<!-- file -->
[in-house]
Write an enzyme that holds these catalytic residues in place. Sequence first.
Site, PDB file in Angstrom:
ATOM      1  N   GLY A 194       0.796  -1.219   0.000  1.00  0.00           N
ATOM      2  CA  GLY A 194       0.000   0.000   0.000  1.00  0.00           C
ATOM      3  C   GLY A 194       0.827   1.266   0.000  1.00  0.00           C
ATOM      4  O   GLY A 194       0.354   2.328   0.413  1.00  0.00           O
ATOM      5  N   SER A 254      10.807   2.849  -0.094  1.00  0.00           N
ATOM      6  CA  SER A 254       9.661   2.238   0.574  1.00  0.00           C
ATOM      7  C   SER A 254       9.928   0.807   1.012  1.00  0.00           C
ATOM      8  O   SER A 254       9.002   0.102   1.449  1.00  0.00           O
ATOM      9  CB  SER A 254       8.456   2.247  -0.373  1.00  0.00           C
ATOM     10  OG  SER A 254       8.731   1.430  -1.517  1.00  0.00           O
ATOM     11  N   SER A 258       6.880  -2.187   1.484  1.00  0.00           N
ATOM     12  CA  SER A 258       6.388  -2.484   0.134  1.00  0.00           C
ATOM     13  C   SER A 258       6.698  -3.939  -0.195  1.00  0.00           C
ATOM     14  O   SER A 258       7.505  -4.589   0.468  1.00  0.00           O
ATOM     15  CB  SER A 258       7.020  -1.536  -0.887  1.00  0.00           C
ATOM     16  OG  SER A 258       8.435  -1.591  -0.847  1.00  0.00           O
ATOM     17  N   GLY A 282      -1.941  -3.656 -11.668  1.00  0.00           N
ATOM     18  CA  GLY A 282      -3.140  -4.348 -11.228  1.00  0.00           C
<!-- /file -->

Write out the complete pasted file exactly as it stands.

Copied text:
[in-house]
Write an enzyme that holds these catalytic residues in place. Sequence first.
Site, PDB file in Angstrom:
ATOM      1  N   GLY A 194       0.796  -1.219   0.000  1.00  0.00           N
ATOM      2  CA  GLY A 194       0.000   0.000   0.000  1.00  0.00           C
ATOM      3  C   GLY A 194       0.827   1.266   0.000  1.00  0.00           C
ATOM      4  O   GLY A 194       0.354   2.328   0.413  1.00  0.00           O
ATOM      5  N   SER A 254      10.807   2.849  -0.094  1.00  0.00           N
ATOM      6  CA  SER A 254       9.661   2.238   0.574  1.00  0.00           C
ATOM      7  C   SER A 254       9.928   0.807   1.012  1.00  0.00           C
ATOM      8  O   SER A 254       9.002   0.102   1.449  1.00  0.00           O
ATOM      9  CB  SER A 254       8.456   2.247  -0.373  1.00  0.00           C
ATOM     10  OG  SER A 254       8.731   1.430  -1.517  1.00  0.00           O
ATOM     11  N   SER A 258       6.880  -2.187   1.484  1.00  0.00           N
ATOM     12  CA  SER A 258       6.388  -2.484   0.134  1.00  0.00           C
ATOM     13  C   SER A 258       6.698  -3.939  -0.195  1.00  0.00           C
ATOM     14  O   SER A 258       7.505  -4.589   0.468  1.00  0.00           O
ATOM     15  CB  SER A 258       7.020  -1.536  -0.887  1.00  0.00           C
ATOM     16  OG  SER A 258       8.435  -1.591  -0.847  1.00  0.00           O
ATOM     17  N   GLY A 282      -1.941  -3.656 -11.668  1.00  0.00           N
ATOM     18  CA  GLY A 282      -3.140  -4.348 -11.228  1.00  0.00           C